Jan. 20, 2004 -- Anthropologist Helen Fisher says years of research have led her to believe that romantic love isn't simply about emotions, instead it is a drive like hunger than needs to be satisfied.
Fisher, a Research Professor and member of the Center for Human Evolutionary Studies in the Department of Anthropology at Rutgers University, has conducted extensive research on the evolution and future of human sex, love and marriage and gender differences in the brainand behavior.
She continues to explore all of these areas in her latest book Why We Love: The Nature and Chemistry of Romantic Love.
In Why We Love, Fisher explores why humans experience mood swings, sleeplessness, and obsession when they fall in love. Fisher says humans share these similar experiences — which cut across time, geography, and gender — because love is a powerful force, which she compares to our need for food and sleep.
Why We Love begins by presenting the results of a scientific study in which Fisher scanned the brains of people who had just fallen in love.
Fisher used findings from her new research to show what humans experience as they fall in love.
Read a short excerpt from Why We Love:
All of our basic drives are exceedingly difficult to control. It is impossible to sublimate or redirect thirst or hunger. It is difficult to quell the maternal instinct. And it is very tough to control one's persistent craving for a sweetheart. We need food. We need water. We need salt. We need warmth. And the lover needs the beloved. Plato had it right over two thousand years ago. The God of Love "lives in a state of need." Romantic love is a need; it is a fundamental human drive.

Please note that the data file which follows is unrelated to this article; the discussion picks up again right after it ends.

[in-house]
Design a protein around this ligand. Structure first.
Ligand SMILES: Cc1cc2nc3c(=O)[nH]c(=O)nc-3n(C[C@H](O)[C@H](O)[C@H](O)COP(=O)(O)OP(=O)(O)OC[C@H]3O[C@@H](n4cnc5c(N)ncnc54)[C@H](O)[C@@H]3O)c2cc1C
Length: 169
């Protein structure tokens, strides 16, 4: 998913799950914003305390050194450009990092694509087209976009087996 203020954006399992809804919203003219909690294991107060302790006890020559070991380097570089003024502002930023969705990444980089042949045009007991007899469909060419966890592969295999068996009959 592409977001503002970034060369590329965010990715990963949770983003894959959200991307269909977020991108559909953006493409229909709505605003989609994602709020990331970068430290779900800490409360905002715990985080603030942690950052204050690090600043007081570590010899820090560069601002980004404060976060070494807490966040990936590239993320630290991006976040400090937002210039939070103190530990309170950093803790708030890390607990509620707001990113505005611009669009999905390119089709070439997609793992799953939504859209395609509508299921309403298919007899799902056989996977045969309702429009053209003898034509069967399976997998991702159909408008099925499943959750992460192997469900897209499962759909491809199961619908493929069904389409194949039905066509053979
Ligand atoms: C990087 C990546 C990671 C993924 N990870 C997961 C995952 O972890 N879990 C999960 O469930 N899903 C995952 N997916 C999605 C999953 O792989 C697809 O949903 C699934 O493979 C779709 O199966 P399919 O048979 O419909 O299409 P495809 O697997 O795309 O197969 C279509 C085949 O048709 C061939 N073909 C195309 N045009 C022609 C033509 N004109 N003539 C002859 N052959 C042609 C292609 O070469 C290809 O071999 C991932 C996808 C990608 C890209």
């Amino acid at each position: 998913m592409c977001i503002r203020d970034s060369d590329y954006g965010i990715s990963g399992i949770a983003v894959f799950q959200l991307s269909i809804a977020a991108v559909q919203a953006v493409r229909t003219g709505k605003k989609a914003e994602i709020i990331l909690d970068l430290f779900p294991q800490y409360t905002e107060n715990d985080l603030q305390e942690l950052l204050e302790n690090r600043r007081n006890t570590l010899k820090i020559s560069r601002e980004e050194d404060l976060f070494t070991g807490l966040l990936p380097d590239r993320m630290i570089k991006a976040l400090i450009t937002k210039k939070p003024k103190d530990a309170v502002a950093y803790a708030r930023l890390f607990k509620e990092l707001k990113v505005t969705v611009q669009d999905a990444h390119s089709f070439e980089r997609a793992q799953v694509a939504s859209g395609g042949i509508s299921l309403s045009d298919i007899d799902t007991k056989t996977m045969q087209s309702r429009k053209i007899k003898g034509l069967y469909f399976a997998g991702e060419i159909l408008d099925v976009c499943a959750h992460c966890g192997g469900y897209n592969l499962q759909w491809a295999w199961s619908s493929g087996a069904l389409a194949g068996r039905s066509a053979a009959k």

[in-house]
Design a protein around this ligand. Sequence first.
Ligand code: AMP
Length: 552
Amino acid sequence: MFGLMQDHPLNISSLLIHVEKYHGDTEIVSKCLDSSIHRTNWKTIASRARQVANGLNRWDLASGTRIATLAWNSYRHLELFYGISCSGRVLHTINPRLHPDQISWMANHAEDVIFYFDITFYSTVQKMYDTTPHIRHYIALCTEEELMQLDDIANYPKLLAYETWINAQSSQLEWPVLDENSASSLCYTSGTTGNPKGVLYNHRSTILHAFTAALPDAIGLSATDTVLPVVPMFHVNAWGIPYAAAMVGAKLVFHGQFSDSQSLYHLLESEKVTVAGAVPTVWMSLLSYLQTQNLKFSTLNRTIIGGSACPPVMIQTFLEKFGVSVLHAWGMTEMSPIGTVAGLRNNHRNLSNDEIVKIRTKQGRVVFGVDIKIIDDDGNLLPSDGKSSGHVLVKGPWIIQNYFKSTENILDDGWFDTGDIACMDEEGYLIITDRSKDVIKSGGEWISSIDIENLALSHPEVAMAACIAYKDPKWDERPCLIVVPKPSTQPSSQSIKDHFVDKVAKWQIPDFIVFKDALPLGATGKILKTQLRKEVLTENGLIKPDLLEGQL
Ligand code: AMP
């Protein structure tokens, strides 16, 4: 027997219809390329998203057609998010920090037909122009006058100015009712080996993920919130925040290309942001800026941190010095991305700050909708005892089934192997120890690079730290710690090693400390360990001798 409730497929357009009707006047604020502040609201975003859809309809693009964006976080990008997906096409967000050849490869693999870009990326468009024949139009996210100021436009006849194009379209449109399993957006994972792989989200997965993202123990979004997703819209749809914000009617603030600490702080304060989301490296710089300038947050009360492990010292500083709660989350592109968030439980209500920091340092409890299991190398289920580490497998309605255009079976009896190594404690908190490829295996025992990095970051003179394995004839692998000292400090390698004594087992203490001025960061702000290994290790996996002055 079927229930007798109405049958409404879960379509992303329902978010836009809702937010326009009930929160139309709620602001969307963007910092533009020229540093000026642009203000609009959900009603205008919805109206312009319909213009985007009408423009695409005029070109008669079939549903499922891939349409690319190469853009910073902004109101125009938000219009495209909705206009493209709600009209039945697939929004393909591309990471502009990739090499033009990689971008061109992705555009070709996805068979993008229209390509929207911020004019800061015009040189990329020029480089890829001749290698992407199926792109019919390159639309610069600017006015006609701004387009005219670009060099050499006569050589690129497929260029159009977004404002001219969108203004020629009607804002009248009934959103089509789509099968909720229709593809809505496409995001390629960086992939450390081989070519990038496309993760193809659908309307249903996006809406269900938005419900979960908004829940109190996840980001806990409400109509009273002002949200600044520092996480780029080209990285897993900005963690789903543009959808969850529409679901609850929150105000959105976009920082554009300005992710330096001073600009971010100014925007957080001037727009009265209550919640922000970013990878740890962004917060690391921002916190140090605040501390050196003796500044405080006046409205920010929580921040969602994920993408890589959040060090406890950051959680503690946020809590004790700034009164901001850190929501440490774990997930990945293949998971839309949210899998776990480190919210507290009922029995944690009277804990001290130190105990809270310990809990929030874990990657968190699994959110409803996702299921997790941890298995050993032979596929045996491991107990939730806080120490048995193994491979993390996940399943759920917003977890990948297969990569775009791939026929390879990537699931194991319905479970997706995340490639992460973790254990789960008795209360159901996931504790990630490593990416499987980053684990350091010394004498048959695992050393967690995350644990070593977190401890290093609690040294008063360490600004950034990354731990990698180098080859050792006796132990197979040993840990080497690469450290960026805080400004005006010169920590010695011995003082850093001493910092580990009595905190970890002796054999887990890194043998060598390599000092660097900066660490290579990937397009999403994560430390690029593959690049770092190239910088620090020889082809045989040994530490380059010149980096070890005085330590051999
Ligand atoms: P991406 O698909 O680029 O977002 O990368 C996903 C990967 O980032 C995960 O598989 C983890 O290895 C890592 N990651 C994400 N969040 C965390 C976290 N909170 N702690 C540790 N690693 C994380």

The drive to love has produced some of humankind's most compelling operas, plays, and novels, our most touching poems and haunting melodies, the world's finest sculptures and paintings, and our most colorful festivals, myths, and legends. Love has adorned the world and brought many of us tremendous joy. But this passion is fickle. When love is scorned, it can cause excruciating sorrow. Romantic rejection, crimes of passion, and high divorce and adultery rates are prevalent in societies around the world.
Romantic love is one of the most intense of all human experiences; blissful when it is requited; devastating when it is spurned. I think it is time for a serious attempt to answer Shakespeare's question: "What 'tis to love?"
Find out more about Fisher and her research at /www.helenfisher.com/
Copyright © 2004 by Helen Fisher, Ph.D., Henry Holt and Company Publishers